What’s The Scoop on Poop in St. Paul, MN?

As veterinarians, poop is part of our daily work life (not too many people can have this honor). Questions about poo are amongst the most frequent ones we get. Although this topic is a bit gross to think about, poop color can give us a lot of information. In this article we will explore the many colors (a poop rainbow) and what it could mean for your pup’s health.

The Color Wheel of Dog Poop

Chocolate Brown:

This is the color of normal stool which indicates proper gastrointestinal health and digestion.


If your dog’s poop is mostly brown with scattered chunks of green, it is most likely that they have been eating grass. Some dogs do this because they think it tastes good or maybe they are a bit bored. Rapidly eating grass followed by immediate vomiting may mean that your pet was nauseated. Dogs that eat to make themselves vomit usually swallow grass as quickly as possible, barely even chewing it. It is believed that the long, unchewed pieces of grass tickle their throats to stimulate vomiting.

If your pup’s poop suddenly turns green, you should contact your veterinarian right away as this could be a sign of a gallbladder issue or infection.

Yellow or Orange:

A sudden occurrence of yellow poop could mean gastrointestinal upset. Diarrhea often accompanies or soon follows.

Yellow or orange-tinged stool can also occur with liver disease, which can be serious.

Any time your dog’s poop is yellow or orange, it’s best to contact your veterinarian.


Red is an indicator of blood in the stool. The possible causes  range from mild to extremely serious.  Please contact your veterinarian any time you notice blood in the stool.

Gastrointestinal upset can cause diarrhea and subsequent straining to defecate. Streaks of blood and/or mucus may be seen. The frank (red) color is an indication that the blood is likely coming from the colon or the small capillaries in the anus/rectum. Also, make sure to check your dog for any potential cuts. Anal gland issues and internal parasites can be potential causes, too.

Diarrhea that looks like pure red blood and gelatinous is cause for concern. Veterinarians often describe this as raspberry jam consistency. This is often linked to a potentially life threatening disease called Hemorrhagic Gastroenteritis (HGE). This is a medical emergency and veterinary care should be sought immediately as this dehydrates them at a rapid rate.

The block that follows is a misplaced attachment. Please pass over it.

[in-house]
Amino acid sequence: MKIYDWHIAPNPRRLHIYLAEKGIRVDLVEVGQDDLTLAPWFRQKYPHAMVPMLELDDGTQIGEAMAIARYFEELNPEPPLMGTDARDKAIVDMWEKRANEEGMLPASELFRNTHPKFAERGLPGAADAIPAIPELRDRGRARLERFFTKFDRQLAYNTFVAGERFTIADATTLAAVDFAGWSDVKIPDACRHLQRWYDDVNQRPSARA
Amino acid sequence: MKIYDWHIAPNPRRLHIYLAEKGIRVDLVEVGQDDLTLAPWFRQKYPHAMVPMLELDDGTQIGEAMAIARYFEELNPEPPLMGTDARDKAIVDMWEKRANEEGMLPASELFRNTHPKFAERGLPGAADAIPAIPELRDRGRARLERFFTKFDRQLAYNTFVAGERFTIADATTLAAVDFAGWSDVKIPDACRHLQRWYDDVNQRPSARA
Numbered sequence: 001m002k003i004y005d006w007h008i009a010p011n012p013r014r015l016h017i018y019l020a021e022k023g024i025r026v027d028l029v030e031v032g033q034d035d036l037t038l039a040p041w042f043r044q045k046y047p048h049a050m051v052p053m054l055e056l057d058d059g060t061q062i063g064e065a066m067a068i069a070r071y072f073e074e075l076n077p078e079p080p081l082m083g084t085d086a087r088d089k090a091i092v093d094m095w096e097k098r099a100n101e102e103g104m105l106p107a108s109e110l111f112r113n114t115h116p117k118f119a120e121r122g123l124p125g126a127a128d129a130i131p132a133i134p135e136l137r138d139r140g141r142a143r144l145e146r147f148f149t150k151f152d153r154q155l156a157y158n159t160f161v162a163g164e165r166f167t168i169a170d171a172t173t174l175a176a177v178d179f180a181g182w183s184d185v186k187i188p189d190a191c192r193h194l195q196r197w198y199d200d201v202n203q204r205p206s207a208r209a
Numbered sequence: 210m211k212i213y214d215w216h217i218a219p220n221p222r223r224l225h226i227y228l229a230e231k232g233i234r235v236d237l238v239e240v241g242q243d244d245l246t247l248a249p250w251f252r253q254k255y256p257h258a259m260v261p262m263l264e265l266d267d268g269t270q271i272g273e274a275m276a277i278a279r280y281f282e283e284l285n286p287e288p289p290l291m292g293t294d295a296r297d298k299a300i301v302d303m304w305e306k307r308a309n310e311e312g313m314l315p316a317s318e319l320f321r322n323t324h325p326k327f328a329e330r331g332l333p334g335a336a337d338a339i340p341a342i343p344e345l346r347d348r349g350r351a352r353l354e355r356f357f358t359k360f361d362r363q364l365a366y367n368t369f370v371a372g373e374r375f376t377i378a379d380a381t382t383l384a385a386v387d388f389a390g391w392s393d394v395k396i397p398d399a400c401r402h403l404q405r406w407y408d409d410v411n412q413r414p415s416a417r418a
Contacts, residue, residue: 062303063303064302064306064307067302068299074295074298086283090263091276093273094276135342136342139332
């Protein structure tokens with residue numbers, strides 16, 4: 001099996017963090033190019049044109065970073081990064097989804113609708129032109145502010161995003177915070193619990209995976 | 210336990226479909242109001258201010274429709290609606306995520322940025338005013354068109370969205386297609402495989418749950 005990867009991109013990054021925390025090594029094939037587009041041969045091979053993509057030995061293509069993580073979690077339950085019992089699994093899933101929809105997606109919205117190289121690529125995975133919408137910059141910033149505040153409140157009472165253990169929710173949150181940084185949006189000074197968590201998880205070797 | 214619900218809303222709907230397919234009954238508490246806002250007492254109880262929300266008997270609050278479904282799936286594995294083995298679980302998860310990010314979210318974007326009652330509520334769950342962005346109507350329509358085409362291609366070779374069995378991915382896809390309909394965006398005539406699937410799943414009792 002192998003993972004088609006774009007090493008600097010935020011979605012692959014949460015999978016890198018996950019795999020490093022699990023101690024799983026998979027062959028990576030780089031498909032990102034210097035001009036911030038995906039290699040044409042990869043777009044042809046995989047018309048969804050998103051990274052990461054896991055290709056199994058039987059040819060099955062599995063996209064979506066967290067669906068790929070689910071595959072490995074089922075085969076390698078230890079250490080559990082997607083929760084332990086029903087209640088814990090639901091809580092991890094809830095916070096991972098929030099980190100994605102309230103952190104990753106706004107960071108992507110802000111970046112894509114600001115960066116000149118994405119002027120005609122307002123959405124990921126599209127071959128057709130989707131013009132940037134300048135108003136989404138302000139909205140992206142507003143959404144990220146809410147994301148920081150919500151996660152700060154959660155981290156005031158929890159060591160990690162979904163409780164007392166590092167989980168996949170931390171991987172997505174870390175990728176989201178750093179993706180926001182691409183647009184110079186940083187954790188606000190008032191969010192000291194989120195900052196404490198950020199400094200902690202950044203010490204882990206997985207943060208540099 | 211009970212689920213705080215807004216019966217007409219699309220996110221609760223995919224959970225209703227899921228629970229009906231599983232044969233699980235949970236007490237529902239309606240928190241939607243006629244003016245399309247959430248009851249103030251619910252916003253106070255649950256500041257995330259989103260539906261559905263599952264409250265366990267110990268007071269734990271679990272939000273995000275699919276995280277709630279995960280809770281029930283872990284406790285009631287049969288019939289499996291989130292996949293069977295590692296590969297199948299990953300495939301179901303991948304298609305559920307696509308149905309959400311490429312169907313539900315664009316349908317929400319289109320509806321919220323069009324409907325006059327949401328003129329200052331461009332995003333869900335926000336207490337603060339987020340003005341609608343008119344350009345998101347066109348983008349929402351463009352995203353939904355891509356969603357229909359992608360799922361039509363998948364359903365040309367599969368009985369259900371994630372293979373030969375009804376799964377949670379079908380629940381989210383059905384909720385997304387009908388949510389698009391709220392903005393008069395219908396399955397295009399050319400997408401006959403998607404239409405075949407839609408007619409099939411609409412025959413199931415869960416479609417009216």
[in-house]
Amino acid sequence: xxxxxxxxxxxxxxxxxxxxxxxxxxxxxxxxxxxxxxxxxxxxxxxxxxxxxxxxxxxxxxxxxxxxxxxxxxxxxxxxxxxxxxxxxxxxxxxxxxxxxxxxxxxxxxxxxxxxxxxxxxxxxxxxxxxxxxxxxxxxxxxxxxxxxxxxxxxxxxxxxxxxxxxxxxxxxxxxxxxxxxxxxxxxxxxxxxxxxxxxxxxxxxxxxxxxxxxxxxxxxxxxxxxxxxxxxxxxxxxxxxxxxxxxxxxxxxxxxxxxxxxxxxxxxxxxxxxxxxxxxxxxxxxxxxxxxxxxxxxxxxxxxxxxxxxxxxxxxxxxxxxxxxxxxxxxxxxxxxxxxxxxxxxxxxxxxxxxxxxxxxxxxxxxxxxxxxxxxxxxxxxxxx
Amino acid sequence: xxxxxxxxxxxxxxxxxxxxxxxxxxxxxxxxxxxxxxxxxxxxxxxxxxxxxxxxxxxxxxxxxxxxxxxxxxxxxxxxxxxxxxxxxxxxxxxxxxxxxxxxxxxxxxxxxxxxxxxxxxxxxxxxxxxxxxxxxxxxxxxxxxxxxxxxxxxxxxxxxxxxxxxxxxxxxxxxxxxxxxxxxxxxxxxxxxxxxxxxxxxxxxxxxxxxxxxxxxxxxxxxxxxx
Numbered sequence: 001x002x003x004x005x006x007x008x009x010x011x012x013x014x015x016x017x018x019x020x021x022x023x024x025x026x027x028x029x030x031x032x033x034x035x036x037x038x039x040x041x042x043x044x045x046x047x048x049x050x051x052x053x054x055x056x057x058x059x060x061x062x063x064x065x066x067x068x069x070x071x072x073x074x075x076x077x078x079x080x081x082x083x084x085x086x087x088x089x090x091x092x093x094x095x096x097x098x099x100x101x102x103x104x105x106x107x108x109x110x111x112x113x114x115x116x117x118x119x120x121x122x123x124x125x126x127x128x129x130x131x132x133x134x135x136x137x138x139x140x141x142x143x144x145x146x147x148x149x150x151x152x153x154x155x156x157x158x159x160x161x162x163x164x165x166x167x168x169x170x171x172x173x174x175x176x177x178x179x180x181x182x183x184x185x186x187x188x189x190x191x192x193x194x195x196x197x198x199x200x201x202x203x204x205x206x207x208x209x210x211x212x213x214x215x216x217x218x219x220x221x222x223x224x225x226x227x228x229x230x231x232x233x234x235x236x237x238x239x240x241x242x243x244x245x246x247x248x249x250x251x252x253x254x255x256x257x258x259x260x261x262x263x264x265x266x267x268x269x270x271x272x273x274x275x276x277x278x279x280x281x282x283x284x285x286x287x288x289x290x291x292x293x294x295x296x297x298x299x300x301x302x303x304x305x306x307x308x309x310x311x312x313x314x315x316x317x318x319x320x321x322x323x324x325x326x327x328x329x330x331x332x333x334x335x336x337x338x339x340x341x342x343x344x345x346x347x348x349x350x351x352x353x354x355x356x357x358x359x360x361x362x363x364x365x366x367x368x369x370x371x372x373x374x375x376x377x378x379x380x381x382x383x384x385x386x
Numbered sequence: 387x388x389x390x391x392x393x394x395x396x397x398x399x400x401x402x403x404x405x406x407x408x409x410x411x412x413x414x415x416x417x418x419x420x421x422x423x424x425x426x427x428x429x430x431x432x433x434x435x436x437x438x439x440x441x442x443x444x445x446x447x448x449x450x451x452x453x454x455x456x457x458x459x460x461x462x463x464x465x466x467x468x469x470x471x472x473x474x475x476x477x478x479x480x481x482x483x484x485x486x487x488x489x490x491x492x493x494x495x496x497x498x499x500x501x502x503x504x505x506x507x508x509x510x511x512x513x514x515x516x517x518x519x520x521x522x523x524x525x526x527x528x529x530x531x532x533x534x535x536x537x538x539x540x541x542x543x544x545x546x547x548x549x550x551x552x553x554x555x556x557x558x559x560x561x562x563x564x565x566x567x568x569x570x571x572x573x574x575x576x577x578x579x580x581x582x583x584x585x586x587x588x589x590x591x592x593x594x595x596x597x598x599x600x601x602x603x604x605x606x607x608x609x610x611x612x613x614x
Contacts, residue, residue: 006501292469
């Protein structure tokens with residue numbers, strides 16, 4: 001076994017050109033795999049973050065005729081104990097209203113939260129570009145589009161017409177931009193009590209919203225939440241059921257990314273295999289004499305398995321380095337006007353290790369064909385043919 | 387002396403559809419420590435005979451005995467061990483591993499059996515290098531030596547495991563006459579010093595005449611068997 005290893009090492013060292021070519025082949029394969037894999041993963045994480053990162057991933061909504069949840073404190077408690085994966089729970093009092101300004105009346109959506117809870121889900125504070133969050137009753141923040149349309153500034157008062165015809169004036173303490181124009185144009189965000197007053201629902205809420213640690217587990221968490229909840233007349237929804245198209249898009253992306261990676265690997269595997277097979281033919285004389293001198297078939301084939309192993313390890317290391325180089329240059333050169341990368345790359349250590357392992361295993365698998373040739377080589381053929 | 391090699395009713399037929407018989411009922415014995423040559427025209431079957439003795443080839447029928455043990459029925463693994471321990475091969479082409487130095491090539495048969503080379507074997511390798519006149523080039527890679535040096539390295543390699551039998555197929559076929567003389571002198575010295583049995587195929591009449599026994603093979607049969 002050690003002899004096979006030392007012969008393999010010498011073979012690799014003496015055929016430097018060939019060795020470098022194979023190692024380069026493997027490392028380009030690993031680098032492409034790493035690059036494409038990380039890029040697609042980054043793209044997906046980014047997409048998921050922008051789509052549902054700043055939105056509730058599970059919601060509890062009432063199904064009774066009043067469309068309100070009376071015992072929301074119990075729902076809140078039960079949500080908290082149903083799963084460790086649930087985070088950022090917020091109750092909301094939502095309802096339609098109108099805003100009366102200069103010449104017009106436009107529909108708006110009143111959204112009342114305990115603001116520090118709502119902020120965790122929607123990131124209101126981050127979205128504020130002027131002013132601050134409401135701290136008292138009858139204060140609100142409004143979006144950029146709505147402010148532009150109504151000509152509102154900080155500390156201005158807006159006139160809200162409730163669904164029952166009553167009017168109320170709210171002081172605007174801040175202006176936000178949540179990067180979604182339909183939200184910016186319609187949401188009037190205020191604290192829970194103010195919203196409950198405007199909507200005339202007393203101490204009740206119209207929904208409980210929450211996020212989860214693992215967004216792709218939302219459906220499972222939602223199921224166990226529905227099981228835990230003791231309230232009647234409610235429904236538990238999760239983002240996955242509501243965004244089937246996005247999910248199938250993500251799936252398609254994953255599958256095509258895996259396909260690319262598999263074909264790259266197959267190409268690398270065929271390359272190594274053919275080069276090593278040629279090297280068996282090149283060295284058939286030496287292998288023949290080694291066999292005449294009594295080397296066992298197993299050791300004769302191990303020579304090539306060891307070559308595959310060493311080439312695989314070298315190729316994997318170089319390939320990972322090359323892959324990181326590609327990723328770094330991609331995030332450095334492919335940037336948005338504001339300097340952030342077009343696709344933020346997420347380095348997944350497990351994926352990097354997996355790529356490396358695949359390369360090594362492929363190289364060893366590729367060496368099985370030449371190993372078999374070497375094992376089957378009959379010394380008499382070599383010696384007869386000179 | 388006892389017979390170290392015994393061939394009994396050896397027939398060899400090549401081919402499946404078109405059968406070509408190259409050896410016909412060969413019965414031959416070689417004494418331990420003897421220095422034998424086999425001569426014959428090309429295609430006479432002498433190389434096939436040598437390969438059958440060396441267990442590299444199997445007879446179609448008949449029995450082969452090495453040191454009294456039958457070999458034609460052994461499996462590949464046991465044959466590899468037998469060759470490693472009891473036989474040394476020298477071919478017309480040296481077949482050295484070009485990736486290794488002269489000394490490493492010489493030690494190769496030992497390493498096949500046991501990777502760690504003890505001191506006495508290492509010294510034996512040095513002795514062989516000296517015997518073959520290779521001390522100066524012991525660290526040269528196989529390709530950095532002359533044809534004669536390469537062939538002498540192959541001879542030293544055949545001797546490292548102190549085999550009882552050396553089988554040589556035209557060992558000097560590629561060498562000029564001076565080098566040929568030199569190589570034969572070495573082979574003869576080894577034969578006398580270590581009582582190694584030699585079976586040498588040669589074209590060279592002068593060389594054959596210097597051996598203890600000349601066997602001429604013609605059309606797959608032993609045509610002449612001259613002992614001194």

dog poop st. paul, mnBlack and Tarry or Black Coffee Ground Appearance:

This can be an indication of a bleed in the upper gastrointestinal tract (stomach, small intestines). The most common causes are GI ulcers, damage to the lining of the stomach or small intestines, and less likely internal parasites. The black color indicates that the bleed is in the upper GI tract and goes through the digestive process which turns it black. This is a medical emergency and veterinary care should be sought immediately.

Gray and Greasy:

Gray poop is normal if it has been exposed to the elements for long periods of time and hardens. This is likely just the stool’s normal aging process. 

However, if your pup’s poop is gray when they pass it, it can be a sign of digestive complications, often as result of improper pancreas function. Grey stool is never normal, so please contact your veterinarian.

White Spots That Look Like Grains of Rice or Spaghetti Noodles:

Be on the lookout for internal parasites (yes, worms). Tapeworm segments look like grains of white rice, while roundworms are long like spaghetti noodles. It is important to bring in a sample of your dog’s stool to the veterinarian for evaluation and treatment.

Final Thoughts:

We often think of poop as just stinky waste that needs to be disposed of in plastic bags or picked up from the lawn.  Hopefully now, you will also view it  as an investigative tool into your pet’s health. If you have questions regarding this topic or any other concerns, please contact St. Paul Pet Hospital at (651) 789-6275 or stpaulpet@gmail.com.

Resources: https://chihuacorner.com/dog-poop-color-chart-what-it-shows-about-your-chis-health/